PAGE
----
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Author: Greater Charitable Foundation

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Greater Charitable Foundation has announced six charity partners who will share in more than $1.1 million as part of the 2017 funding round.

The funding will support partners from across NSW to develop a range of programs that focus on improving their beneficiaries’ life outcomes.

Since 2011, the Greater Charitable Foundation has allocated more than $7 million in funding to 25 different community groups across Greater Bank’s areas of operation in NSW and South East Queensland.

From more than 200 applications, the six charity partners selected this year will focus on delivering long term change and support to a cross-section of our community. The funding spans programs focused on at risk youth, parents, Aboriginal and Torres Strait islander people, as well as individuals recovering from stroke and cancer. 

The Greater Charitable Foundation Chief Executive Officer, Anne Long, said the Foundation supports charities working to improve people’s quality of life.

“Our support resonates with programs focused on research and prevention but also those tackling pervasive health and wellbeing issues through intervention and education,” Ms Long said.
  
“This year’s grant round has connected us with six charities that will stand alongside our existing partners to assist disadvantaged families as well as strengthen community capacity through increased connectedness and support,” she added.

Beneficiaries of the Greater Charitable Foundation’s 2017 grant program include:

Hunter Medical Research Institute (HMRI) – received funding for their world renowned Stroke Research Team, with $336,000 over three years going to support a Phase 3 clinical trial of ‘Modafinil therapy’ in stroke survivors to assist in alleviating post-stroke fatigue and improving post-stroke quality of life.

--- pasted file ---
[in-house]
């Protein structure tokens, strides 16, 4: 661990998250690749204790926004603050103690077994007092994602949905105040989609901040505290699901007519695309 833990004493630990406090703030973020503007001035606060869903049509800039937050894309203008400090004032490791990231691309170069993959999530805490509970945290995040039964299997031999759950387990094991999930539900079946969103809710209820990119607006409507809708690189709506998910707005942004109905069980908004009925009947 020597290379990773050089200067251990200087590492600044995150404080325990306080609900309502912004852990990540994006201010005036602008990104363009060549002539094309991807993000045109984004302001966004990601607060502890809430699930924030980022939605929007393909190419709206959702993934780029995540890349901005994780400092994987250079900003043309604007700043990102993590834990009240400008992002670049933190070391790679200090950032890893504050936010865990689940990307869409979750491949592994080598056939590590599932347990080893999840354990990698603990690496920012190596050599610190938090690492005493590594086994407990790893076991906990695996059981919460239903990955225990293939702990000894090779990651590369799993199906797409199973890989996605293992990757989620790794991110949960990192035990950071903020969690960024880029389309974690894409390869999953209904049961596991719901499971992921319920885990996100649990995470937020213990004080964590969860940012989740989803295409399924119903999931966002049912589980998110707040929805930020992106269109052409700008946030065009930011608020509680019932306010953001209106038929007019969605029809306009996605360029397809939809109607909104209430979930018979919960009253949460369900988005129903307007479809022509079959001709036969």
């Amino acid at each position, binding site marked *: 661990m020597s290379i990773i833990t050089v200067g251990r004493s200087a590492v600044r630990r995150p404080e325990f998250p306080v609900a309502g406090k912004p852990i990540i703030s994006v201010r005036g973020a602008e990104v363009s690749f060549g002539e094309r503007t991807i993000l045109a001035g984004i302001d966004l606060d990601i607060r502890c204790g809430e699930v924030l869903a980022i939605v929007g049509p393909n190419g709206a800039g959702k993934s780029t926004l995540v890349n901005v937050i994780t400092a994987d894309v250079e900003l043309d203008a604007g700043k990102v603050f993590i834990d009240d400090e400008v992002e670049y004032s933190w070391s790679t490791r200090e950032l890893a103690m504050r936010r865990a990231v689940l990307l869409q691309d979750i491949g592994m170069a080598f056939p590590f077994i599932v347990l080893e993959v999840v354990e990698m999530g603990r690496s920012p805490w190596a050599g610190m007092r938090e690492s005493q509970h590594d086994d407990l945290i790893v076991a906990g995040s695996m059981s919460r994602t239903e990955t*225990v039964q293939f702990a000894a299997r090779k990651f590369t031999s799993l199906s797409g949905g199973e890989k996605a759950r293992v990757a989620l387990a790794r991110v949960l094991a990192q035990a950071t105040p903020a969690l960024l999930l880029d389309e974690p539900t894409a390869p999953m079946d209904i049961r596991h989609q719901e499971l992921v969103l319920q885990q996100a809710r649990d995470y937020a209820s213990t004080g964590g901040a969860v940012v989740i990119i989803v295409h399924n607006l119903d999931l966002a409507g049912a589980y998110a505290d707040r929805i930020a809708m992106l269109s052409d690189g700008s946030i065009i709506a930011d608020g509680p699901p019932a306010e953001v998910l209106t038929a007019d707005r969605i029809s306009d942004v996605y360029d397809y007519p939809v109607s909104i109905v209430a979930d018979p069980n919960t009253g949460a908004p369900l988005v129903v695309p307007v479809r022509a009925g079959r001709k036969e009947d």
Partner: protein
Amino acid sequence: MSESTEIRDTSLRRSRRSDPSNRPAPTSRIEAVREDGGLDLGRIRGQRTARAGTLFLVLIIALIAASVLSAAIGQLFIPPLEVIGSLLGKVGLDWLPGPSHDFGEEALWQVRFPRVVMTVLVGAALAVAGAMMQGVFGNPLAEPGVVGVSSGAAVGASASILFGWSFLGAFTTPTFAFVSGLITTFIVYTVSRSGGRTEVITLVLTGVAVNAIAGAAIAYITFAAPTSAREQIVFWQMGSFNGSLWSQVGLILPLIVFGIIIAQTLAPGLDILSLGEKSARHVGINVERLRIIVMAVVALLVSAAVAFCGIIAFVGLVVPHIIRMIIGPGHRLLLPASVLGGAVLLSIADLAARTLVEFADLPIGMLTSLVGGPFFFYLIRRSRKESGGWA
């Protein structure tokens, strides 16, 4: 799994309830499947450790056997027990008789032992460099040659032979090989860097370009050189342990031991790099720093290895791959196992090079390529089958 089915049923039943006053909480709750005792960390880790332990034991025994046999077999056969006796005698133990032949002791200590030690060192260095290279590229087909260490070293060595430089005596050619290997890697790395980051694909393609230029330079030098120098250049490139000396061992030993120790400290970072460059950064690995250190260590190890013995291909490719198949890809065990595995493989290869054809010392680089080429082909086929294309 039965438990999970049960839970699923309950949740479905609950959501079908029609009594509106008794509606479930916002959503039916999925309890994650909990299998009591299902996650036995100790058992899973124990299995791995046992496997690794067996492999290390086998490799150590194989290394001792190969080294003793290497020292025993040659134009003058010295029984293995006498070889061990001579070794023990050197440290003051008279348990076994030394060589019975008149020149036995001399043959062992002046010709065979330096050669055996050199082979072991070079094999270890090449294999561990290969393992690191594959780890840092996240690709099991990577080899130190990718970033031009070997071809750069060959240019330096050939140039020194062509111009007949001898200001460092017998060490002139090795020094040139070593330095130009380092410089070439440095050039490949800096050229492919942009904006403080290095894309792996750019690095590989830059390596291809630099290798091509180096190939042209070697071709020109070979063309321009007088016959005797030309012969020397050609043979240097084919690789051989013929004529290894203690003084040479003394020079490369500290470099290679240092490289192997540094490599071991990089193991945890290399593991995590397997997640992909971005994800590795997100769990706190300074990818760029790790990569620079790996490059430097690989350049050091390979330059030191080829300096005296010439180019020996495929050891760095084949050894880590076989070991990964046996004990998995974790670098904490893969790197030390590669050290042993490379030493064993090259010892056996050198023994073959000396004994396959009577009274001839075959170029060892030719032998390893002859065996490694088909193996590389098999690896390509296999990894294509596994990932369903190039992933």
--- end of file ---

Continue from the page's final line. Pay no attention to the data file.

Tantrum Youth Arts – $100,000 in funding to support Tantrum’s Opening Doors interactive performance and workshop program for young people aged 15-18 years throughout New South Wales. This program aims to educate and empower young people with increased knowledge around the causes and impacts of domestic family violence and the avenues of support available to them if they are experiencing these issues.

Clontarf Foundation – $100,000 supporting their school re-engagement program for at-risk, Aboriginal and Torres Strait islander male students who would otherwise not attend or have very low school attendance in various centres of regional NSW including: Orange, Singleton, Port Macquarie, Taree and Dubbo.

University of Newcastle – $350,000 in funding over three years to support the world’s first father-focused obesity prevention program for preschool-aged children, providing fathers with the knowledge, parenting skills and motivation to improve their health and become healthy role models for their young children.

Cancer Council NSW – $97,050 in funding to support a Hunter/Central Coast-based Financial Counsellor for people affected by cancer experiencing financial hardship. This program aims to alleviate the financial stress of cancer on patients and their families by connecting them with a qualified Financial Counsellor who can provide free support, information and advocacy to reduce their financial burden.

CanTeen - $154,926 in funding over 18 months to support their new Family Support Project; a program to improve the wellbeing of families when a parent has cancer, through an in-hospital social worker, a research study and the development of an information guide.

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